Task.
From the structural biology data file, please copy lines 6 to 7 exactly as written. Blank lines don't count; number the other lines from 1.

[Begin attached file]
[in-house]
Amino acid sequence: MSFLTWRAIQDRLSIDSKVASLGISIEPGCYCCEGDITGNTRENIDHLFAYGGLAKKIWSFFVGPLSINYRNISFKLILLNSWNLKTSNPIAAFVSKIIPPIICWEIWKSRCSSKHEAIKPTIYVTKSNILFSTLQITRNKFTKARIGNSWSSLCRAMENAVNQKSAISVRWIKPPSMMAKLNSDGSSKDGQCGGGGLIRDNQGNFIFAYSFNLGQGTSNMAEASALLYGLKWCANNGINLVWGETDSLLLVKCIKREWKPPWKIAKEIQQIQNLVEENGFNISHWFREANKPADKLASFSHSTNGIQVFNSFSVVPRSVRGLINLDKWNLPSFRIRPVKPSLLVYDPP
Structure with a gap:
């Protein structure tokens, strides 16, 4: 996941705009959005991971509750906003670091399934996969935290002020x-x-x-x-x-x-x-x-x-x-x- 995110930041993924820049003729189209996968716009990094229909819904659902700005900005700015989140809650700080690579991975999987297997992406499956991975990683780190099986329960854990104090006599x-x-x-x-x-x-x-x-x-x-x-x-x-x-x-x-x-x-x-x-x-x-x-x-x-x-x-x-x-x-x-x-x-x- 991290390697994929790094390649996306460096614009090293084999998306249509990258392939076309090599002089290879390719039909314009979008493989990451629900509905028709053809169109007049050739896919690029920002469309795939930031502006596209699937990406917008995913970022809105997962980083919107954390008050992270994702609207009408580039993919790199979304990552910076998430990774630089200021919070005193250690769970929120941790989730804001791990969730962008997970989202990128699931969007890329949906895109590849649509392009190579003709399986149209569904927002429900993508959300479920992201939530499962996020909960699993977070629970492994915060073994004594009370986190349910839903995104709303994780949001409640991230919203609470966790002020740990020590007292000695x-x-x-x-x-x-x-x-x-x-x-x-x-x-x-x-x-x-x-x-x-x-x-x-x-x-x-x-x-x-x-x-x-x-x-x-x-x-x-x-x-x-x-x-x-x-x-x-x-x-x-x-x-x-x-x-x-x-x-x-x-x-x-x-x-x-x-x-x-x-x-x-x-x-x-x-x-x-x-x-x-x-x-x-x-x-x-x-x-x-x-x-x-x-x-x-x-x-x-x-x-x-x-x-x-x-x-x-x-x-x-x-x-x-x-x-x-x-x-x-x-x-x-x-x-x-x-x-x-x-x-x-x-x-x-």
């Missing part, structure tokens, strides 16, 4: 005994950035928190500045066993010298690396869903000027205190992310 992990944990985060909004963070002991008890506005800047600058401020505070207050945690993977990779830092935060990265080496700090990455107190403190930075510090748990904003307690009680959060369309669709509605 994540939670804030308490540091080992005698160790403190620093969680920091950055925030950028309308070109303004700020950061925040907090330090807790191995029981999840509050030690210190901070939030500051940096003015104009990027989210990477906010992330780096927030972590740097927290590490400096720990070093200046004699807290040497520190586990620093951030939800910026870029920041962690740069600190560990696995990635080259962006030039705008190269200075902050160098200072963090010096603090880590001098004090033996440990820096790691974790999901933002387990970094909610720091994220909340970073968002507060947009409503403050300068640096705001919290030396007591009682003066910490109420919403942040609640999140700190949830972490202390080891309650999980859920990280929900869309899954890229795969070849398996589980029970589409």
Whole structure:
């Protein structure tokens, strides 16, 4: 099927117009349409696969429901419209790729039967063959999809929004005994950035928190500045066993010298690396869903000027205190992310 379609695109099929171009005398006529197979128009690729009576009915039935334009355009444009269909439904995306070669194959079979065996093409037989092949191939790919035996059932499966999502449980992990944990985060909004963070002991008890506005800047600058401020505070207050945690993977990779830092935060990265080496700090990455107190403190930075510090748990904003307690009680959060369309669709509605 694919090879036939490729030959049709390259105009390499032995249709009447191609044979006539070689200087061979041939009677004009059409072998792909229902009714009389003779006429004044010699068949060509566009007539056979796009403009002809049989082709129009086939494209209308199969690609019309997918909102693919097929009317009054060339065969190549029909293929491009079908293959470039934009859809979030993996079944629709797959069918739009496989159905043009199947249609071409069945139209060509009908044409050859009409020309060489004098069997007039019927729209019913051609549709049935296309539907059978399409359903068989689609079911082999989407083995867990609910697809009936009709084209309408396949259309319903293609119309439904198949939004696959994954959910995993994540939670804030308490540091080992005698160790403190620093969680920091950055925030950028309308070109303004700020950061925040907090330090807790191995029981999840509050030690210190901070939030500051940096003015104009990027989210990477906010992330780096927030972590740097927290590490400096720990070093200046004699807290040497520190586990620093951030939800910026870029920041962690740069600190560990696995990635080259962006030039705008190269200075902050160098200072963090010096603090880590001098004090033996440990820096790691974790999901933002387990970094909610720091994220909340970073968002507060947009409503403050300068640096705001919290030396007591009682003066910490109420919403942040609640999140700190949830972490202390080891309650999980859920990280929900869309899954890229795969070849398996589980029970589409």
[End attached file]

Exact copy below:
Whole structure:
């Protein structure tokens, strides 16, 4: 099927117009349409696969429901419209790729039967063959999809929004005994950035928190500045066993010298690396869903000027205190992310 379609695109099929171009005398006529197979128009690729009576009915039935334009355009444009269909439904995306070669194959079979065996093409037989092949191939790919035996059932499966999502449980992990944990985060909004963070002991008890506005800047600058401020505070207050945690993977990779830092935060990265080496700090990455107190403190930075510090748990904003307690009680959060369309669709509605 694919090879036939490729030959049709390259105009390499032995249709009447191609044979006539070689200087061979041939009677004009059409072998792909229902009714009389003779006429004044010699068949060509566009007539056979796009403009002809049989082709129009086939494209209308199969690609019309997918909102693919097929009317009054060339065969190549029909293929491009079908293959470039934009859809979030993996079944629709797959069918739009496989159905043009199947249609071409069945139209060509009908044409050859009409020309060489004098069997007039019927729209019913051609549709049935296309539907059978399409359903068989689609079911082999989407083995867990609910697809009936009709084209309408396949259309319903293609119309439904198949939004696959994954959910995993994540939670804030308490540091080992005698160790403190620093969680920091950055925030950028309308070109303004700020950061925040907090330090807790191995029981999840509050030690210190901070939030500051940096003015104009990027989210990477906010992330780096927030972590740097927290590490400096720990070093200046004699807290040497520190586990620093951030939800910026870029920041962690740069600190560990696995990635080259962006030039705008190269200075902050160098200072963090010096603090880590001098004090033996440990820096790691974790999901933002387990970094909610720091994220909340970073968002507060947009409503403050300068640096705001919290030396007591009682003066910490109420919403942040609640999140700190949830972490202390080891309650999980859920990280929900869309899954890229795969070849398996589980029970589409």